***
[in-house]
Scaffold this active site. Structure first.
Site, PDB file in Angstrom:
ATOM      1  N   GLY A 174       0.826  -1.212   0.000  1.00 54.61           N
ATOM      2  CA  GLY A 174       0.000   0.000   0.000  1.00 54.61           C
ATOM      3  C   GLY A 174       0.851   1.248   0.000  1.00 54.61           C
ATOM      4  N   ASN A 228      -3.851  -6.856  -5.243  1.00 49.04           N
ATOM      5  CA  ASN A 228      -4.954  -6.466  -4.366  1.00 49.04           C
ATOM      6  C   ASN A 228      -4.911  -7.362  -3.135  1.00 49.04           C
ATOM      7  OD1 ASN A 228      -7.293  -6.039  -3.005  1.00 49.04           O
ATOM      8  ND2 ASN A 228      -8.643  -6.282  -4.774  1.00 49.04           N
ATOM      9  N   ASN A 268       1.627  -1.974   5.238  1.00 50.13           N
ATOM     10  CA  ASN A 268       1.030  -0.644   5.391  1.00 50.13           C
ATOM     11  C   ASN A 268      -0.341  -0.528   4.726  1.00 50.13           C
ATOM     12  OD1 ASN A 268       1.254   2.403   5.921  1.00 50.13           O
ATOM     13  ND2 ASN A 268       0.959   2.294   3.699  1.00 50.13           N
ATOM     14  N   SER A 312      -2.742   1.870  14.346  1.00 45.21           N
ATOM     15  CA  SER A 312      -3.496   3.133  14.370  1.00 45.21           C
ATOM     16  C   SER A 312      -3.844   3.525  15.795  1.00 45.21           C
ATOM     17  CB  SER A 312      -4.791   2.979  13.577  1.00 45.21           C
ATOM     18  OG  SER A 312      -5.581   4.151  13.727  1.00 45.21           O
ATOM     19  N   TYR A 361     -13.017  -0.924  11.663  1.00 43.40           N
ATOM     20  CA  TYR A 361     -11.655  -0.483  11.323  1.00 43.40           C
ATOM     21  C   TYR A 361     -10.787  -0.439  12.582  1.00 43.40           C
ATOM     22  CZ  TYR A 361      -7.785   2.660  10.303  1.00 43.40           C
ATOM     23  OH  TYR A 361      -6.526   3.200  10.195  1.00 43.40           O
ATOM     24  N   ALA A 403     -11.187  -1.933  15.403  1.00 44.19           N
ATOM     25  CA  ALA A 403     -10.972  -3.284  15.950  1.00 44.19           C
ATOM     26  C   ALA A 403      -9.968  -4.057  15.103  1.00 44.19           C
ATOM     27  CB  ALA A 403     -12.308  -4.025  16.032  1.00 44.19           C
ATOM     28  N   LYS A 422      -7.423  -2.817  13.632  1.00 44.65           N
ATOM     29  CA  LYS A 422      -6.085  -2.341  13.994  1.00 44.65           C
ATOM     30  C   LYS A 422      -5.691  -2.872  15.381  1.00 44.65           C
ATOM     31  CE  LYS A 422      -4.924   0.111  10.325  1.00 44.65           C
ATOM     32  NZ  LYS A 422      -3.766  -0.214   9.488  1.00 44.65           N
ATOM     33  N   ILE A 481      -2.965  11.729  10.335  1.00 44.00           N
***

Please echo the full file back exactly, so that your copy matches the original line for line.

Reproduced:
[in-house]
Scaffold this active site. Structure first.
Site, PDB file in Angstrom:
ATOM      1  N   GLY A 174       0.826  -1.212   0.000  1.00 54.61           N
ATOM      2  CA  GLY A 174       0.000   0.000   0.000  1.00 54.61           C
ATOM      3  C   GLY A 174       0.851   1.248   0.000  1.00 54.61           C
ATOM      4  N   ASN A 228      -3.851  -6.856  -5.243  1.00 49.04           N
ATOM      5  CA  ASN A 228      -4.954  -6.466  -4.366  1.00 49.04           C
ATOM      6  C   ASN A 228      -4.911  -7.362  -3.135  1.00 49.04           C
ATOM      7  OD1 ASN A 228      -7.293  -6.039  -3.005  1.00 49.04           O
ATOM      8  ND2 ASN A 228      -8.643  -6.282  -4.774  1.00 49.04           N
ATOM      9  N   ASN A 268       1.627  -1.974   5.238  1.00 50.13           N
ATOM     10  CA  ASN A 268       1.030  -0.644   5.391  1.00 50.13           C
ATOM     11  C   ASN A 268      -0.341  -0.528   4.726  1.00 50.13           C
ATOM     12  OD1 ASN A 268       1.254   2.403   5.921  1.00 50.13           O
ATOM     13  ND2 ASN A 268       0.959   2.294   3.699  1.00 50.13           N
ATOM     14  N   SER A 312      -2.742   1.870  14.346  1.00 45.21           N
ATOM     15  CA  SER A 312      -3.496   3.133  14.370  1.00 45.21           C
ATOM     16  C   SER A 312      -3.844   3.525  15.795  1.00 45.21           C
ATOM     17  CB  SER A 312      -4.791   2.979  13.577  1.00 45.21           C
ATOM     18  OG  SER A 312      -5.581   4.151  13.727  1.00 45.21           O
ATOM     19  N   TYR A 361     -13.017  -0.924  11.663  1.00 43.40           N
ATOM     20  CA  TYR A 361     -11.655  -0.483  11.323  1.00 43.40           C
ATOM     21  C   TYR A 361     -10.787  -0.439  12.582  1.00 43.40           C
ATOM     22  CZ  TYR A 361      -7.785   2.660  10.303  1.00 43.40           C
ATOM     23  OH  TYR A 361      -6.526   3.200  10.195  1.00 43.40           O
ATOM     24  N   ALA A 403     -11.187  -1.933  15.403  1.00 44.19           N
ATOM     25  CA  ALA A 403     -10.972  -3.284  15.950  1.00 44.19           C
ATOM     26  C   ALA A 403      -9.968  -4.057  15.103  1.00 44.19           C
ATOM     27  CB  ALA A 403     -12.308  -4.025  16.032  1.00 44.19           C
ATOM     28  N   LYS A 422      -7.423  -2.817  13.632  1.00 44.65           N
ATOM     29  CA  LYS A 422      -6.085  -2.341  13.994  1.00 44.65           C
ATOM     30  C   LYS A 422      -5.691  -2.872  15.381  1.00 44.65           C
ATOM     31  CE  LYS A 422      -4.924   0.111  10.325  1.00 44.65           C
ATOM     32  NZ  LYS A 422      -3.766  -0.214   9.488  1.00 44.65           N
ATOM     33  N   ILE A 481      -2.965  11.729  10.335  1.00 44.00           N